illuminate history

Curiosity: forget “Cherchez la femme” (Look for the woman.) “Cherchez l’histoire.” (Look for the story.)

Trip West to the Old–& New–East: part 5 — Sasebo, Japan

Looking back over what I posted in the past few days, I see that I got a little mixed up. Our itinerary wasn’t precisely linear– we stopped at Sasebo, Japan between Busan, S. Korea and Dalian, China,

This turned out to be an unusual day. Gary & I started out together, wandering out across the broad expanse of the cruise port where various teams were warming up for competitions later in the day.

We made our way into town and saw a pilot boat heading out to guide a ship into the harbor.

Then we continued along the waterfront and soon found ourselves outside the gates of a US Navy Base:

Before we’d left on the cruise I’d found something online about being able to see “the 99 Islands in the Pearl Sea” if one went a few miles out of town. However, Gary turned back to the ship at this point and I headed on, past the shipyards.

For some reason, I figured I wouldn’t get lost, so I kept walking. The road went through a tunnel, then through a residential district, leading, finally, to a park with picnic and camping areas on the waterfront. I took the road going uphill, figuring that would get me to the overlook. Very soon I saw the recreational boating harbors in the Pearl Sea.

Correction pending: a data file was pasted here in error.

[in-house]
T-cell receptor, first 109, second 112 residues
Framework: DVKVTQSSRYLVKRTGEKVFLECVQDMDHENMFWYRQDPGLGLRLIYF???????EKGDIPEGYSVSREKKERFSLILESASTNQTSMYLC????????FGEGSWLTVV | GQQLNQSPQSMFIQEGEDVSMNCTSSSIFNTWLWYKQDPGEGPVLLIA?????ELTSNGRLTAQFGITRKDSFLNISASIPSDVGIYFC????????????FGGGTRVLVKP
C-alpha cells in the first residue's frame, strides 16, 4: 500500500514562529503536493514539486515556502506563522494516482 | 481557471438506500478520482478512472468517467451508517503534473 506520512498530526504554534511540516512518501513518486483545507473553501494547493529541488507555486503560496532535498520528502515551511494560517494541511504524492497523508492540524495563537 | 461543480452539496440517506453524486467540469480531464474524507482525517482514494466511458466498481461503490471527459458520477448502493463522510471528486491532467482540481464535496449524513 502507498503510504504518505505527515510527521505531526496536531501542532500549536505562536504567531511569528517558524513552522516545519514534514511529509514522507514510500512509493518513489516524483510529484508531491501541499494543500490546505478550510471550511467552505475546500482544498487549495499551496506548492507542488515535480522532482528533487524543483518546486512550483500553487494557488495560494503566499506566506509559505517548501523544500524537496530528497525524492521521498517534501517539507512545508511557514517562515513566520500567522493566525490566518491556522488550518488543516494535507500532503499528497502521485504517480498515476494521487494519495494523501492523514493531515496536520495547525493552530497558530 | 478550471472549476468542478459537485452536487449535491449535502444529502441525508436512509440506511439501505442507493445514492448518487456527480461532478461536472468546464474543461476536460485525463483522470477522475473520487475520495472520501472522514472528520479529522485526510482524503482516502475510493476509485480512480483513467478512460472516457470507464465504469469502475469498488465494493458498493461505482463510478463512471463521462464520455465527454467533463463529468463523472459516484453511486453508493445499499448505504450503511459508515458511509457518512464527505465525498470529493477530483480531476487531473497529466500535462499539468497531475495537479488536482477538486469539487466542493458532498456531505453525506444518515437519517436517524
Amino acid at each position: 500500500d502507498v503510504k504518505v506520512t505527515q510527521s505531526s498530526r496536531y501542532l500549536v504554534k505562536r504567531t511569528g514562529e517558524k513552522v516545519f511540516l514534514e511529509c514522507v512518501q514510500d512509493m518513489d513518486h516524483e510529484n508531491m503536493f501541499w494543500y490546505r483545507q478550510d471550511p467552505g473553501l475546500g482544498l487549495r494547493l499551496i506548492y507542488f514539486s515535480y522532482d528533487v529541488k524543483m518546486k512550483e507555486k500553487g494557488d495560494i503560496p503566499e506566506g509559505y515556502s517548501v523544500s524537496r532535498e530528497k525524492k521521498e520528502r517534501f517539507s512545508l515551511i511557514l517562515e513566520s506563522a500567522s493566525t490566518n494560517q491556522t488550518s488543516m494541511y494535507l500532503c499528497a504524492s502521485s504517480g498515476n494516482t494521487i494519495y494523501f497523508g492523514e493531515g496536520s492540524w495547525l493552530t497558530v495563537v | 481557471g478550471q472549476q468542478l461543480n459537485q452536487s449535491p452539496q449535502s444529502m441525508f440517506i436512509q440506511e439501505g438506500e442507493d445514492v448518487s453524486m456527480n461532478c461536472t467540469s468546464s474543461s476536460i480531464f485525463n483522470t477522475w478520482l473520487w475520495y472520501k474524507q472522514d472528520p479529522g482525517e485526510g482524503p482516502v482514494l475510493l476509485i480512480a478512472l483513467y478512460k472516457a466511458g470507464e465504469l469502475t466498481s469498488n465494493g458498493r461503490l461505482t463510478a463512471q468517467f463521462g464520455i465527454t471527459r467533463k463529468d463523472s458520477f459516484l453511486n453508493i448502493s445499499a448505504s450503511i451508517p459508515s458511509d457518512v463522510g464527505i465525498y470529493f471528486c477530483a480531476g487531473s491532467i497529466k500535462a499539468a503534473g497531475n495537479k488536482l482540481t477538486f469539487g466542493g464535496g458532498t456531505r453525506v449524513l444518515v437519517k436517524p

Hiking a little further, I encountered two young women who asked if I needed directions. They confirmed that I was, in fact, headed in the right direction to find the 99 Island Overlook–about a mile up the road.

I was glad I’d come, and proceeded a little further uphill.

I’d accomplished my goal and was happy that it was downhill all the way back to the ship.

When I crossed the road by the gate to the US Navy Base, I saw a young man and woman at a table handing out Jehovah’s Witnesses literature. As I walked by, the young woman asked, astonished, “Did you walk all this way?” I realized she was one of the two who had confirmed my directions en route to the 99 Island overlook.

“Yes,” I grinned. “It wasn’t that hard.”

Further down the road, in the harbor itself, it was fun to see this fisherman haul in his catch:

When I returned to our stateroom, my pedometer said I’d walked 10.1 miles. That is, I admit, something of a record.

One comment on “Trip West to the Old–& New–East: part 5 — Sasebo, Japan

  1. Dian Hilliard
    January 12, 2019

    Love the story! That’s a trek!

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This entry was posted on January 11, 2019 by in Writing and tagged .
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